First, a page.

Wednesday, 28 October 2009

Hot new cure for cancer?

Which would you prefer: months of painful chemotherapy with baldness, vomiting, bouts of diarrhoea, as well as feeling about as good looking as Ed Balls; or would you rather have a nice black pepper goat curry with a side order of onion bhaji, fresh naan bread and basmati rice?

I only ask as I’ve just been reading a report that turmeric, widely used in curries, appears to be a wonder drug when it comes to curing oesophageal cancer. Turmeric contains a chemical called curcumin, which has long been thought to harbour healing powers and is already being tested as a treatment for arthritis and even dementia; which sounds fine, as long as those with dementia remember to take it.

A team at the Cork Cancer Research Centre has shown that turmeric can destroy gullet cancer cells in the lab. Turmeric contains a chemical called curcumin, which can start to kill cancer cells responsible for oesophageal cancer within 24 hours. The cancer cells start digesting themselves once the curcumin sends messages to the cancer cells to begin killing themselves off.

This is particularly good news since oesophageal cancer kills around 7,800 people in the UK each year and the rates have doubled over the past 30 years. Obesity and alcohol appear to be the prime suspects for the increase so the bad news is that you probably won't be able to have a nice ice-cold bottle of Cobra with your curry.

For the top 20 best recipes using turmeric, click here.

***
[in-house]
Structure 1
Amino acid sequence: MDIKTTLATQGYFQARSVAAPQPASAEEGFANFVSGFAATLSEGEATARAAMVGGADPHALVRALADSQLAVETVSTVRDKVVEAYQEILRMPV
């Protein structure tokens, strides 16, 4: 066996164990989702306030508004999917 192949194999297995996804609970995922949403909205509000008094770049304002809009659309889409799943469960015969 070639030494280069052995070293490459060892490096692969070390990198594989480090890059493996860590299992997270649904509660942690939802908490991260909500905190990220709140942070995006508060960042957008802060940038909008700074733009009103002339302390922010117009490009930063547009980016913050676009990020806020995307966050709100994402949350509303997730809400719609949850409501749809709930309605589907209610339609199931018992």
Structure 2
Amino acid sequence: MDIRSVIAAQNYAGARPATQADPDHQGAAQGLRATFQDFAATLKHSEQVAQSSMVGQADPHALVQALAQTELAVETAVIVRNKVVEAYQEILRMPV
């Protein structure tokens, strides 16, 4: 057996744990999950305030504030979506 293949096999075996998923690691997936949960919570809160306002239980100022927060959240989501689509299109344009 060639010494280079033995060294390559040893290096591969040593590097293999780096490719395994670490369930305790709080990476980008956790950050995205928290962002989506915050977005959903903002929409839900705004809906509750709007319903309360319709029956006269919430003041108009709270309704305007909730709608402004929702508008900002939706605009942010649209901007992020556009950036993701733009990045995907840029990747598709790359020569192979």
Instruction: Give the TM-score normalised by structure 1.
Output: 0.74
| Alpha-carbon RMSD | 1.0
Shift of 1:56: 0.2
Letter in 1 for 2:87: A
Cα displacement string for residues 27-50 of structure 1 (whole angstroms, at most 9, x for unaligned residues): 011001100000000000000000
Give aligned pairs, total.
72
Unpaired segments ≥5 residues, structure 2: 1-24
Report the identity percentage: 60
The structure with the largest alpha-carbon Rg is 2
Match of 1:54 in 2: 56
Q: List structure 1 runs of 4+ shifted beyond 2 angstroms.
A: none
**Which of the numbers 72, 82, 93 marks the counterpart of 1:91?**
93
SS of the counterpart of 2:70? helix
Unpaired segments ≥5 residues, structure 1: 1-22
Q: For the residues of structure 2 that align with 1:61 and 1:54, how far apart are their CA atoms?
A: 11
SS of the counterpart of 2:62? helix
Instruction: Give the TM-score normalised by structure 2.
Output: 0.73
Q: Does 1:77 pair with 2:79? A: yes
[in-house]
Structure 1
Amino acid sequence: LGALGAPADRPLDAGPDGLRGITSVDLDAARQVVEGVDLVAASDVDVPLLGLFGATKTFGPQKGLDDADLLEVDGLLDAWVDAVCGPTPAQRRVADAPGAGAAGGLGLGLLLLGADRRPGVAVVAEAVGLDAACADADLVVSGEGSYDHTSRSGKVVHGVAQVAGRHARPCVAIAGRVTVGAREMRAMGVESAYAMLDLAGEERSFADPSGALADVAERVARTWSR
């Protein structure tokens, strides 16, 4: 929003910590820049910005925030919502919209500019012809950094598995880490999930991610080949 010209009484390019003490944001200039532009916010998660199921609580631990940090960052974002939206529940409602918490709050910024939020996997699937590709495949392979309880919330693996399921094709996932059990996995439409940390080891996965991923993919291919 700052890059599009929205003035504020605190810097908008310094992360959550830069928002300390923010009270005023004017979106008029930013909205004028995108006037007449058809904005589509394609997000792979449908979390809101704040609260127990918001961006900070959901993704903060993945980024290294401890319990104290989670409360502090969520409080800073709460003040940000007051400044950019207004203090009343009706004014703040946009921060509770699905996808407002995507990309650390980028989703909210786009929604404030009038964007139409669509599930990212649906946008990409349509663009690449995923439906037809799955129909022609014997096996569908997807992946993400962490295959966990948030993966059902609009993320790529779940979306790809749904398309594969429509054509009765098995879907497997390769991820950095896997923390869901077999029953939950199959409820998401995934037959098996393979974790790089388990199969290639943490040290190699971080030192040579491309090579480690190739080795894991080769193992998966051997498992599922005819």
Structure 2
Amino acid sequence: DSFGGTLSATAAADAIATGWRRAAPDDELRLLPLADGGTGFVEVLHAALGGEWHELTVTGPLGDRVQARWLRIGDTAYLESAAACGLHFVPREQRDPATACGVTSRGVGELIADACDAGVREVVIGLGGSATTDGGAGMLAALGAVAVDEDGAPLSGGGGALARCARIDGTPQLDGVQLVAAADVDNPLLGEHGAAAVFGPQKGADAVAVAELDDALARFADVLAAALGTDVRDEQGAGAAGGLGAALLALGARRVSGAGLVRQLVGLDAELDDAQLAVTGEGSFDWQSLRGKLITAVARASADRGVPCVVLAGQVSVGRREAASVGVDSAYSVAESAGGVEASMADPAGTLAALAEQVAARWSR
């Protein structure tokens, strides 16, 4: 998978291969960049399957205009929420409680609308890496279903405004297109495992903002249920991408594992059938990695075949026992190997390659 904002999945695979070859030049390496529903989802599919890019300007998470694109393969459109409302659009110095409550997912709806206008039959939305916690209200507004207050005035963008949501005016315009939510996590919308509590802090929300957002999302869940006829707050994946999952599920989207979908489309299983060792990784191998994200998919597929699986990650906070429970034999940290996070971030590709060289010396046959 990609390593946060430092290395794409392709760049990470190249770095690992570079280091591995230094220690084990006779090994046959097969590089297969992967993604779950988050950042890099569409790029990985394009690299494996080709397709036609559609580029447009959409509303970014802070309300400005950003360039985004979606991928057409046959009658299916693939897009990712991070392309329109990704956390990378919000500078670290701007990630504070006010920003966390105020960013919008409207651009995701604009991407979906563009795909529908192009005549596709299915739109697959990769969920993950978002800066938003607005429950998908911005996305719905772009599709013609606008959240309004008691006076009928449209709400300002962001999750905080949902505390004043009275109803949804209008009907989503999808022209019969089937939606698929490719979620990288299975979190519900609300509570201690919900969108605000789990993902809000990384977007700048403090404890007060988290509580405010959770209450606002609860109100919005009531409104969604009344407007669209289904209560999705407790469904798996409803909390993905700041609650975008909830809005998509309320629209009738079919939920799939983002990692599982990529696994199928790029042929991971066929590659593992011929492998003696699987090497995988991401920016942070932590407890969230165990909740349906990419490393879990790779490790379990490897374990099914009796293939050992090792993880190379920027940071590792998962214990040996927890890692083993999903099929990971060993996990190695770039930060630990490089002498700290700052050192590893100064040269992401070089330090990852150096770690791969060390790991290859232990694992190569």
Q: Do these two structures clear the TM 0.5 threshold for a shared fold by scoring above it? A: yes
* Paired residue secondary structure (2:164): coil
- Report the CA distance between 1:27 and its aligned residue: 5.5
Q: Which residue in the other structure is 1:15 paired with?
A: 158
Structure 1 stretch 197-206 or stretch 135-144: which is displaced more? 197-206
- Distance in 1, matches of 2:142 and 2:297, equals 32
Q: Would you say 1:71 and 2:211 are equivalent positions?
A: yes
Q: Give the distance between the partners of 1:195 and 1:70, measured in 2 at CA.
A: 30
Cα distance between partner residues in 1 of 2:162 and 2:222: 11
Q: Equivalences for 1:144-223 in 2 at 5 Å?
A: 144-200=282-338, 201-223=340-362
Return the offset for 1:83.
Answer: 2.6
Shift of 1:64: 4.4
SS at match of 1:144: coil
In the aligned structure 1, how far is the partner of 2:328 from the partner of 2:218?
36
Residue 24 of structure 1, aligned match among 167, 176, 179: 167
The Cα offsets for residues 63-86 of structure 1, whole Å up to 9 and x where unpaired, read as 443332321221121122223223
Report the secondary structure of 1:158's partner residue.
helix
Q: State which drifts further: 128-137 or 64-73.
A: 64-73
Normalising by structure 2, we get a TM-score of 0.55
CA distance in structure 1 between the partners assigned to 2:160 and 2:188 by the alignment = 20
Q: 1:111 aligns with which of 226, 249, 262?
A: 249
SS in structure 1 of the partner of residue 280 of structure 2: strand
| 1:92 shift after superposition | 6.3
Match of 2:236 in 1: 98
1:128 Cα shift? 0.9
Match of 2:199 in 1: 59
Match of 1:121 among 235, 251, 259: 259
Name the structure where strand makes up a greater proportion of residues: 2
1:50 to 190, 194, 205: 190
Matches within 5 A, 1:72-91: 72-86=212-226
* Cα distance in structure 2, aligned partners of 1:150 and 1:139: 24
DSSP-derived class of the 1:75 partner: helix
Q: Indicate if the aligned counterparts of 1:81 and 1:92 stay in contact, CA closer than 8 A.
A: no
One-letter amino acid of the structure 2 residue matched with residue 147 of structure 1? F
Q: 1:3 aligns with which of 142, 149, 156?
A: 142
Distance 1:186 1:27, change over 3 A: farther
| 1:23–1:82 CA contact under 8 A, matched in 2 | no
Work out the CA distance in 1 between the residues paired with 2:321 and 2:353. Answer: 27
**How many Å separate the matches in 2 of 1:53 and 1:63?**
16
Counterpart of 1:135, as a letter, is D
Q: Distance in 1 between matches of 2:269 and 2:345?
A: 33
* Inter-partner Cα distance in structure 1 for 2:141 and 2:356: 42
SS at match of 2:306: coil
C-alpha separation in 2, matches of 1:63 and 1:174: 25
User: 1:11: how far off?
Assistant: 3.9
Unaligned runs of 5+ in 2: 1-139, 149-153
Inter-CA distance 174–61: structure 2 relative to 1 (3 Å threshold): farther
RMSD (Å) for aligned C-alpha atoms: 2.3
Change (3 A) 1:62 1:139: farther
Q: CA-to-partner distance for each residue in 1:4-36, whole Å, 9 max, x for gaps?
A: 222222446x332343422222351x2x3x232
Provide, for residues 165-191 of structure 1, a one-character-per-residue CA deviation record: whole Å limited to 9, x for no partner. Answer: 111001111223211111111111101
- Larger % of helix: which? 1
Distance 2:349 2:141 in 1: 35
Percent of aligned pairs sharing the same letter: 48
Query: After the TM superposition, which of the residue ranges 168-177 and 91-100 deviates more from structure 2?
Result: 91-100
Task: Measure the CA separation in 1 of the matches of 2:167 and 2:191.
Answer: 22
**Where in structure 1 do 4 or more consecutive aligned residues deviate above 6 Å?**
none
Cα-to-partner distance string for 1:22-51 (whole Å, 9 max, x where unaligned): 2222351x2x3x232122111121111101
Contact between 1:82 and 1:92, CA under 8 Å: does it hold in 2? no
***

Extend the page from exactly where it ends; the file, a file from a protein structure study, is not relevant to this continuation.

1. those recipes made me bloody hungry - and dinner is still a good 40 minutes away!!

    You shouldn't torture yourself like that - you should look up recipes for boiled cabbage and roll mops instead!


  2. Great to hear about the food - but I'm wondering how you are travelling? I would have gone insane being "tied down" for so long.

    When are you going to be allowed to escape?

    Sorry to pry - just wondering!
    Kate (Australia)

  3. Travelling? Not sure I understand. The truth is haven't left this bed for eight weeks. If I have to go for an x-ray or operations then they just wheel my traction bed and do what they need to do in situ. Can't wait to jave a shower or move around the house. Most of all I dream of sleeping on my side or maybe going out for a meal.

  4. I love curries and spicy food, especially when I am not feeling well with a cold... makes your nose clear for at least 30 seconds....xx

    TM , your day will come when you will be able to have a shower and you will look back on your time and be able to laugh at your antics.. xx

  5. I think there is a case for determining whether curry is an effective preventative as well as a cure. Do you think I could volunteer to do the tests?

    Looking forward to the seeing the pictures of today's NHS curry, now you've tempted fate...

  6. TM as i am writing this my husband is undergoing chemotherapy for oesophagal cancer. I looked at the recipes you posted but unfortunately he is having trouble eating any solid food, but will bookmark hoping that soon he will be able to eat 'proper food'. He too takes the Ensure dinks, thank gooness for them. Addicted to your blog, fingers crossed all goes well for your in the next couple of weeks .

  7. We order in from our best Indian Restaurant in the city (Philadelphia, PA) once a week. At times I sneak in a second order! I LOVE Naan, Indian Shrimp Curry and Chick Pea Curry!!!

    Yumyumyumyumyum! Yum!

  8. An Australian expat here. "How are you travelling?" means something like:"How are you faring/coping emotionally?"

  9. Anonymous 12:27. Please send my best wishes to your husband. My grandmother had oesophagal cancer and eating was a problem. Maybe some purréed curry with extra turmeric might help. Anything must be worth a try. I'm sure all the posters on this blog send their best wishes to you both. All the best... TM